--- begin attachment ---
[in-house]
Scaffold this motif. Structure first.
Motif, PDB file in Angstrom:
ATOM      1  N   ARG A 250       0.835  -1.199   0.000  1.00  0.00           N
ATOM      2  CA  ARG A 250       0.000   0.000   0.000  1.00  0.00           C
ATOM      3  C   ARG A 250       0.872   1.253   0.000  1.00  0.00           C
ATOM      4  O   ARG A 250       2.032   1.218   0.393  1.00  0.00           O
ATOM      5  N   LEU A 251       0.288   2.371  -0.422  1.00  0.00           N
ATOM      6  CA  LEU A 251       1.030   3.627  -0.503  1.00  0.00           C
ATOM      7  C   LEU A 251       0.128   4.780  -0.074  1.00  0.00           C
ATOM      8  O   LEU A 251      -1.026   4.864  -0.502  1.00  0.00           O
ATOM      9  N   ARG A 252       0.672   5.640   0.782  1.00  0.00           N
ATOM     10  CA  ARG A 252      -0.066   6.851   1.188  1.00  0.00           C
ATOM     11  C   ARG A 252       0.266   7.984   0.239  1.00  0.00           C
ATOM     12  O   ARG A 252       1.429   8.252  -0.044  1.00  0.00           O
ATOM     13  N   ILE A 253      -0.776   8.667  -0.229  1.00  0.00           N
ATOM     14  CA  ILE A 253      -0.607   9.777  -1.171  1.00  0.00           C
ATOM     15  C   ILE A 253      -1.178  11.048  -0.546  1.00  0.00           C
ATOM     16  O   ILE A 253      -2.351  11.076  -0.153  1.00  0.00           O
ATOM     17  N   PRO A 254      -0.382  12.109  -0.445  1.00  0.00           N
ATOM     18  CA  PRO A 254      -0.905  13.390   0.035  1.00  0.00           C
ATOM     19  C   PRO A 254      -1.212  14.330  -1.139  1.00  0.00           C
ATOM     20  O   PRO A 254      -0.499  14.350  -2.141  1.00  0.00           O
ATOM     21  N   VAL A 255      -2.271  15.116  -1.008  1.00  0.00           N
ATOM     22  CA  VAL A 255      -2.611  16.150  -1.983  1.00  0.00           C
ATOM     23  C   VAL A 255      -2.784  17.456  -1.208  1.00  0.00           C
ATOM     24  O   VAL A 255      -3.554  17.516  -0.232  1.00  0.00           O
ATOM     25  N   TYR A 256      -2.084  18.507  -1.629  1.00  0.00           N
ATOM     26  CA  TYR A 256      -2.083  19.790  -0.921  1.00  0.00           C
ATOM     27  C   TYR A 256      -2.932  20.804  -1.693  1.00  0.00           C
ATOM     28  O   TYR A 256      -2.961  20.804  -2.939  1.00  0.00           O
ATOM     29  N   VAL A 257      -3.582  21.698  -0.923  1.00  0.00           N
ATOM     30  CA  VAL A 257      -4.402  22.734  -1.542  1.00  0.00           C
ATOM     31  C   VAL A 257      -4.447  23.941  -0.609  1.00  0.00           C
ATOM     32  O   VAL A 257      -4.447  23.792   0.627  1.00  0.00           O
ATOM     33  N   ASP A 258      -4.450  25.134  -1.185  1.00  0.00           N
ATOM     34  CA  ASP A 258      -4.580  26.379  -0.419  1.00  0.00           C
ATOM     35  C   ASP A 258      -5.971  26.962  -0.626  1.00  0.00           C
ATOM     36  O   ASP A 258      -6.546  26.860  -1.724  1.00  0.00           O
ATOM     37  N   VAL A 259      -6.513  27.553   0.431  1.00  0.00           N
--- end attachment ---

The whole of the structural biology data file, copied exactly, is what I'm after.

[in-house]
Scaffold this motif. Structure first.
Motif, PDB file in Angstrom:
ATOM      1  N   ARG A 250       0.835  -1.199   0.000  1.00  0.00           N
ATOM      2  CA  ARG A 250       0.000   0.000   0.000  1.00  0.00           C
ATOM      3  C   ARG A 250       0.872   1.253   0.000  1.00  0.00           C
ATOM      4  O   ARG A 250       2.032   1.218   0.393  1.00  0.00           O
ATOM      5  N   LEU A 251       0.288   2.371  -0.422  1.00  0.00           N
ATOM      6  CA  LEU A 251       1.030   3.627  -0.503  1.00  0.00           C
ATOM      7  C   LEU A 251       0.128   4.780  -0.074  1.00  0.00           C
ATOM      8  O   LEU A 251      -1.026   4.864  -0.502  1.00  0.00           O
ATOM      9  N   ARG A 252       0.672   5.640   0.782  1.00  0.00           N
ATOM     10  CA  ARG A 252      -0.066   6.851   1.188  1.00  0.00           C
ATOM     11  C   ARG A 252       0.266   7.984   0.239  1.00  0.00           C
ATOM     12  O   ARG A 252       1.429   8.252  -0.044  1.00  0.00           O
ATOM     13  N   ILE A 253      -0.776   8.667  -0.229  1.00  0.00           N
ATOM     14  CA  ILE A 253      -0.607   9.777  -1.171  1.00  0.00           C
ATOM     15  C   ILE A 253      -1.178  11.048  -0.546  1.00  0.00           C
ATOM     16  O   ILE A 253      -2.351  11.076  -0.153  1.00  0.00           O
ATOM     17  N   PRO A 254      -0.382  12.109  -0.445  1.00  0.00           N
ATOM     18  CA  PRO A 254      -0.905  13.390   0.035  1.00  0.00           C
ATOM     19  C   PRO A 254      -1.212  14.330  -1.139  1.00  0.00           C
ATOM     20  O   PRO A 254      -0.499  14.350  -2.141  1.00  0.00           O
ATOM     21  N   VAL A 255      -2.271  15.116  -1.008  1.00  0.00           N
ATOM     22  CA  VAL A 255      -2.611  16.150  -1.983  1.00  0.00           C
ATOM     23  C   VAL A 255      -2.784  17.456  -1.208  1.00  0.00           C
ATOM     24  O   VAL A 255      -3.554  17.516  -0.232  1.00  0.00           O
ATOM     25  N   TYR A 256      -2.084  18.507  -1.629  1.00  0.00           N
ATOM     26  CA  TYR A 256      -2.083  19.790  -0.921  1.00  0.00           C
ATOM     27  C   TYR A 256      -2.932  20.804  -1.693  1.00  0.00           C
ATOM     28  O   TYR A 256      -2.961  20.804  -2.939  1.00  0.00           O
ATOM     29  N   VAL A 257      -3.582  21.698  -0.923  1.00  0.00           N
ATOM     30  CA  VAL A 257      -4.402  22.734  -1.542  1.00  0.00           C
ATOM     31  C   VAL A 257      -4.447  23.941  -0.609  1.00  0.00           C
ATOM     32  O   VAL A 257      -4.447  23.792   0.627  1.00  0.00           O
ATOM     33  N   ASP A 258      -4.450  25.134  -1.185  1.00  0.00           N
ATOM     34  CA  ASP A 258      -4.580  26.379  -0.419  1.00  0.00           C
ATOM     35  C   ASP A 258      -5.971  26.962  -0.626  1.00  0.00           C
ATOM     36  O   ASP A 258      -6.546  26.860  -1.724  1.00  0.00           O
ATOM     37  N   VAL A 259      -6.513  27.553   0.431  1.00  0.00           N